When I was growing up my family loved going to the stage production Joseph and the Amazing Technicolor Dreamcoat. We made it a multigenerational event—grandparents, parents, aunts, uncles, cousins, and siblings. My family lined up in theater seats, young and old, outnumbering Jacob and his twelve sons.
As a child, I was dazzled by the biblical story playing out under dim theater lights. As an adult, I now wonder what made this story speak to each of us, even in our different stages of life.
Maybe we saw ourselves in Joseph's colorful coat and even more colorful family. We could recognize our own childhood longings to be singled out from all the family members and seen as special. Siblings could hear their own bickering and disagreements in the brothers' rivalry. Parents could sense their own desire to fulfill a higher purpose, even while facing setbacks like Joseph's. Grandparents could feel Jacob's patriarchal pride, carrying with it the burden of conflicts that can take a lifetime to resolve.
We could each relate to the story in different ways, but most significantly, Joseph's story was our collective story. It wasn't just about individuals, but about the shared life of a family—complete with conflicts and drama.
In fact, Joseph's story introduces family conflict from the very beginning. Joseph is one of Jacob's twelve sons who are the ancestors of the twelve tribes of Israel. Yet Jacob loves Joseph more than all the others—and everyone knows it. Jacob gives him a beautiful robe, provoking the brothers' jealousy. The brothers plot against Joseph, intending to kill him, but resort to throwing him in a pit and selling him into slavery.
This is the catalyst for Joseph's story—one marked by estrangement from his family. He is hated, plotted against, betrayed, thrown in a pit, separated from his father, sold into slavery, taken into a foreign land, and thrown in prison.
Yet Joseph achieves great success against great obstacles. While in prison, he interprets the king's dreams, gaining notoriety that leads to his freedom. He rises to power in Egypt where the king makes him the governor. He provides for Egypt, as well as countries all over the world, during a time of famine. He even has his own family and names his first son Manasseh, meaning, "God has made me forget all my suffering and all my father's family" (Genesis 41:51). It appears that Joseph has moved on!
The story could have ended here. The painful events from his past could have been overshadowed by these later successes. When his brothers travel to Egypt in search of food, Joseph could have concealed his identity and continued to live estranged from his family.
But Joseph's tears force the plot forward.
When Joseph is finally reunited with his brothers, he is so overcome with emotion he has to leave the room to cry (43:30). When he can no longer control his feelings, he orders his servants to leave and cries with such loud sobs that the Egyptians can hear him outside (45:1-2). He hugs his youngest brother Benjamin and continues to cry as he embraces each of the others (45:14-15).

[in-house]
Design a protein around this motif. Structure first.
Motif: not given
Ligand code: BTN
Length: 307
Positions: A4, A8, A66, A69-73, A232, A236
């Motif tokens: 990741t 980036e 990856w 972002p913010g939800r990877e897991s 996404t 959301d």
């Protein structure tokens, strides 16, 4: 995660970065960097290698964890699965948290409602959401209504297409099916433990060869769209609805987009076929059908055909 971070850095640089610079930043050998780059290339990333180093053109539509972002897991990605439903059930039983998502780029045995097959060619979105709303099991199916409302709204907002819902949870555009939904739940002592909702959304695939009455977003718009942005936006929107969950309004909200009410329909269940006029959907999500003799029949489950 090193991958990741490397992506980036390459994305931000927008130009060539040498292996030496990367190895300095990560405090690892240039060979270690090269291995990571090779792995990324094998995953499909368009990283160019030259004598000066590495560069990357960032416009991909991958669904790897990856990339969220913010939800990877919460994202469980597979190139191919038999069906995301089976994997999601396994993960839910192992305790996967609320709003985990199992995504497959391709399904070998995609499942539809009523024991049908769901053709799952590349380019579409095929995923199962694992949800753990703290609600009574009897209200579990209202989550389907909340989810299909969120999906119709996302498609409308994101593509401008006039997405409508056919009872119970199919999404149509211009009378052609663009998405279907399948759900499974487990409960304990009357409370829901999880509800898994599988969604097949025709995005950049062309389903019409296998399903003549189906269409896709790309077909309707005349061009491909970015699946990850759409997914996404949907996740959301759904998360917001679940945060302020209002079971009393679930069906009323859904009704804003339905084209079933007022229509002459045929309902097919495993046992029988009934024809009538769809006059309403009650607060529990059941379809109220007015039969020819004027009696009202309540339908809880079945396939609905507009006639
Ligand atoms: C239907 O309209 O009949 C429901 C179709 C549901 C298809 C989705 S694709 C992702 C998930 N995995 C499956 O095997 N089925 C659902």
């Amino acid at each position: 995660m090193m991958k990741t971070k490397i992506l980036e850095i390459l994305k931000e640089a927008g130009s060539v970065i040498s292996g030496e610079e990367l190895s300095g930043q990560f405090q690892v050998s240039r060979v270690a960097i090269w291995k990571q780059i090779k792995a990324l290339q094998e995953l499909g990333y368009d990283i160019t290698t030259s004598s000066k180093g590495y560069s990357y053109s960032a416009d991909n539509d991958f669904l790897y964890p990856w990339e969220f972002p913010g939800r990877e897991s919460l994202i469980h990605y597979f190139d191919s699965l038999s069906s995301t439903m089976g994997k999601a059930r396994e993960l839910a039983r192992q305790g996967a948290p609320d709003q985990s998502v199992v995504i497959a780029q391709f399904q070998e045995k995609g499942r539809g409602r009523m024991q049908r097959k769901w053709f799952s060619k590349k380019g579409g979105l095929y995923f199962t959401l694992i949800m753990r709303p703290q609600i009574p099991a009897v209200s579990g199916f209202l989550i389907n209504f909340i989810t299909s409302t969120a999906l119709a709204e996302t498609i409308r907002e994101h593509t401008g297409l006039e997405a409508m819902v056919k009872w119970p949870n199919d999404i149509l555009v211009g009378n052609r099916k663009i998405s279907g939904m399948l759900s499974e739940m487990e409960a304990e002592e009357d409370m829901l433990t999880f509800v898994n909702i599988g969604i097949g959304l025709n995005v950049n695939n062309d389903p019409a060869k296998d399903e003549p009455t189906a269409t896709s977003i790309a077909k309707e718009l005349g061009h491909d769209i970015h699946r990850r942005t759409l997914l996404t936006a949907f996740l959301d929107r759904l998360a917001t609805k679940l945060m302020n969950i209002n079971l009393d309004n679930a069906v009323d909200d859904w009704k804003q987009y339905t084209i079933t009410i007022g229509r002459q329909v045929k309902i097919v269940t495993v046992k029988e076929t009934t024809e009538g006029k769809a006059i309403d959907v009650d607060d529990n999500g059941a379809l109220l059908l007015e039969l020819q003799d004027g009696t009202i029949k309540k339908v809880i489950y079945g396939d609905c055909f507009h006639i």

This deep emotion carries through the remainder of the story. In their ultimate reunion, Joseph "hugged his father around the neck and cried for a long time" (46:29). At Jacob's death, "Joseph started crying, then leaned over to hug and kiss his father" (50:1).
We don't always get a glimpse into the emotional state or psychological process of people in the Bible. Did people continue to grieve after a burial? Probably. Did dreams about violent battles keep soldiers up at night? We can imagine it. Joseph's story doesn't leave us wondering about the emotional impact of his painful life events. We know he was emotionally affected because the story tells us. As readers, we can't avoid his deep feelings; they are displayed again and again!
Tears: A Way Through
These feelings play a significant role in telling the story.
Joseph's tears connect his past with the present. His tears acknowledge the pain he has endured, even if he has temporarily forgotten. They reveal that these events still affect him. And they can't be ignored! The overwhelming emotion keeps rising up, demanding attention.
His tears allow him to grieve and move on with resolution. When Joseph stops hiding and brings his tears before his brothers, he invites healing and reconciliation. He cries, hugs, kisses. He is brought back into relationship. He brings his brothers back into relationship. The family is reunited. The story moves beyond Joseph's individual story and into the family's collective story. Together they can move forward.
As a child I could feel the deep emotion of Joseph's plight through the play's music. I heard Joseph's voice, sad and solitary in the confines of prison. A few scenes later I heard the powerful chorus of all the brothers being reunited, singing together. I felt the push and pull of conflict and resolution. I left the theater laughing with my cousins, continuing the joyful revelry of the brothers' reconciliation.
As Bible readers, we often have to read between the lines to glimpse these emotions. But in making space for the feelings—letting them push through the words on the page—we get a deeper experience of the characters and their plights. We can identify more with their stories, moving us out of an individual reading to something we share with others. We can even start to recognize our own feelings in the text. We can sense our own emotions breaking through, creating inroads for healing and pathways that move us forward.
Interested in learning more about Joseph and the world he lived in?
Photo credit: “Joseph and the Amazing Technicolor Dreamcoat at Sacramento Community Center Theater Jan. 27 - Feb. 1, 2015” by CaliforniaMusicalTheatre is licensed under CC BY 2.0
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